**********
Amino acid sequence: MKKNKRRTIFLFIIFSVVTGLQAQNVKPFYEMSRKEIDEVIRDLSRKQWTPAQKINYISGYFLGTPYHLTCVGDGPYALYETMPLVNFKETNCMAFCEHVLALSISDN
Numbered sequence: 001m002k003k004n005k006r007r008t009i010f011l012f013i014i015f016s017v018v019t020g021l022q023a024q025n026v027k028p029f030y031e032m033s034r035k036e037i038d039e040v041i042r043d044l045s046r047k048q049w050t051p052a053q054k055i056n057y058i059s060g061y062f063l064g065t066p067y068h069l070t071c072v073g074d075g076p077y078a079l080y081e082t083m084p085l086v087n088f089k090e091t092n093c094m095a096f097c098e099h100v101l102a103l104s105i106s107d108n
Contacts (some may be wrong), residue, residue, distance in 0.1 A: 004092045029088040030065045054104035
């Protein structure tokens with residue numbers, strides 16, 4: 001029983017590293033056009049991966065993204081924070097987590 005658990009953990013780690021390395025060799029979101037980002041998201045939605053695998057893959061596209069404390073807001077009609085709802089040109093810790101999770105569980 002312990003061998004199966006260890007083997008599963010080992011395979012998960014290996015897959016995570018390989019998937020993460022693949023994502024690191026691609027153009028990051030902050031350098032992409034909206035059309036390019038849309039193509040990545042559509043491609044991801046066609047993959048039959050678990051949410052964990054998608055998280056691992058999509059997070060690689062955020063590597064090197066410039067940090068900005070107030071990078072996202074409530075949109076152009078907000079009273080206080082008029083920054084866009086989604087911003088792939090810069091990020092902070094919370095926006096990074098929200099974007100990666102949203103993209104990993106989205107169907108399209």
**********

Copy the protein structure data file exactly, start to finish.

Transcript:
Amino acid sequence: MKKNKRRTIFLFIIFSVVTGLQAQNVKPFYEMSRKEIDEVIRDLSRKQWTPAQKINYISGYFLGTPYHLTCVGDGPYALYETMPLVNFKETNCMAFCEHVLALSISDN
Numbered sequence: 001m002k003k004n005k006r007r008t009i010f011l012f013i014i015f016s017v018v019t020g021l022q023a024q025n026v027k028p029f030y031e032m033s034r035k036e037i038d039e040v041i042r043d044l045s046r047k048q049w050t051p052a053q054k055i056n057y058i059s060g061y062f063l064g065t066p067y068h069l070t071c072v073g074d075g076p077y078a079l080y081e082t083m084p085l086v087n088f089k090e091t092n093c094m095a096f097c098e099h100v101l102a103l104s105i106s107d108n
Contacts (some may be wrong), residue, residue, distance in 0.1 A: 004092045029088040030065045054104035
């Protein structure tokens with residue numbers, strides 16, 4: 001029983017590293033056009049991966065993204081924070097987590 005658990009953990013780690021390395025060799029979101037980002041998201045939605053695998057893959061596209069404390073807001077009609085709802089040109093810790101999770105569980 002312990003061998004199966006260890007083997008599963010080992011395979012998960014290996015897959016995570018390989019998937020993460022693949023994502024690191026691609027153009028990051030902050031350098032992409034909206035059309036390019038849309039193509040990545042559509043491609044991801046066609047993959048039959050678990051949410052964990054998608055998280056691992058999509059997070060690689062955020063590597064090197066410039067940090068900005070107030071990078072996202074409530075949109076152009078907000079009273080206080082008029083920054084866009086989604087911003088792939090810069091990020092902070094919370095926006096990074098929200099974007100990666102949203103993209104990993106989205107169907108399209």